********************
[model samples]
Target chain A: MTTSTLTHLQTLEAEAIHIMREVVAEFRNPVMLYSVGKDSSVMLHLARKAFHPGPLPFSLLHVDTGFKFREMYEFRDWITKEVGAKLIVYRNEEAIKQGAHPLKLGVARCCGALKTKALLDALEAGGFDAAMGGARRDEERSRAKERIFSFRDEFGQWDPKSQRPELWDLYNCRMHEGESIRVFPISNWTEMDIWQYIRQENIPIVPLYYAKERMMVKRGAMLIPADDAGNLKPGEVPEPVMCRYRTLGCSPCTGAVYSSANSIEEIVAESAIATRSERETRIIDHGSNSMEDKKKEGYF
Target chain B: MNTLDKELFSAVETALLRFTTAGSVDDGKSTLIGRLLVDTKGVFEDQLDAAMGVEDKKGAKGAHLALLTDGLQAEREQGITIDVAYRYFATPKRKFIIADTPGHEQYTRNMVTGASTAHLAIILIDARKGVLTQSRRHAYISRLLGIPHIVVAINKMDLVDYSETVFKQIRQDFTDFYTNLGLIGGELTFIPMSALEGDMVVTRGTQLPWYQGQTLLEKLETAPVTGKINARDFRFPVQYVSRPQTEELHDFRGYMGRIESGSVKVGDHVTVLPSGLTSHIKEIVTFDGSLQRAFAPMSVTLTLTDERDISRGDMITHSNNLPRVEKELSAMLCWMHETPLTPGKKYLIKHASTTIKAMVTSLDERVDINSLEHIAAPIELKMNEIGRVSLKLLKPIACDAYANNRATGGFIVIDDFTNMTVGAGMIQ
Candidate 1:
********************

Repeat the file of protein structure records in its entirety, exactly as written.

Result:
[model samples]
Target chain A: MTTSTLTHLQTLEAEAIHIMREVVAEFRNPVMLYSVGKDSSVMLHLARKAFHPGPLPFSLLHVDTGFKFREMYEFRDWITKEVGAKLIVYRNEEAIKQGAHPLKLGVARCCGALKTKALLDALEAGGFDAAMGGARRDEERSRAKERIFSFRDEFGQWDPKSQRPELWDLYNCRMHEGESIRVFPISNWTEMDIWQYIRQENIPIVPLYYAKERMMVKRGAMLIPADDAGNLKPGEVPEPVMCRYRTLGCSPCTGAVYSSANSIEEIVAESAIATRSERETRIIDHGSNSMEDKKKEGYF
Target chain B: MNTLDKELFSAVETALLRFTTAGSVDDGKSTLIGRLLVDTKGVFEDQLDAAMGVEDKKGAKGAHLALLTDGLQAEREQGITIDVAYRYFATPKRKFIIADTPGHEQYTRNMVTGASTAHLAIILIDARKGVLTQSRRHAYISRLLGIPHIVVAINKMDLVDYSETVFKQIRQDFTDFYTNLGLIGGELTFIPMSALEGDMVVTRGTQLPWYQGQTLLEKLETAPVTGKINARDFRFPVQYVSRPQTEELHDFRGYMGRIESGSVKVGDHVTVLPSGLTSHIKEIVTFDGSLQRAFAPMSVTLTLTDERDISRGDMITHSNNLPRVEKELSAMLCWMHETPLTPGKKYLIKHASTTIKAMVTSLDERVDINSLEHIAAPIELKMNEIGRVSLKLLKPIACDAYANNRATGGFIVIDDFTNMTVGAGMIQ
Candidate 1: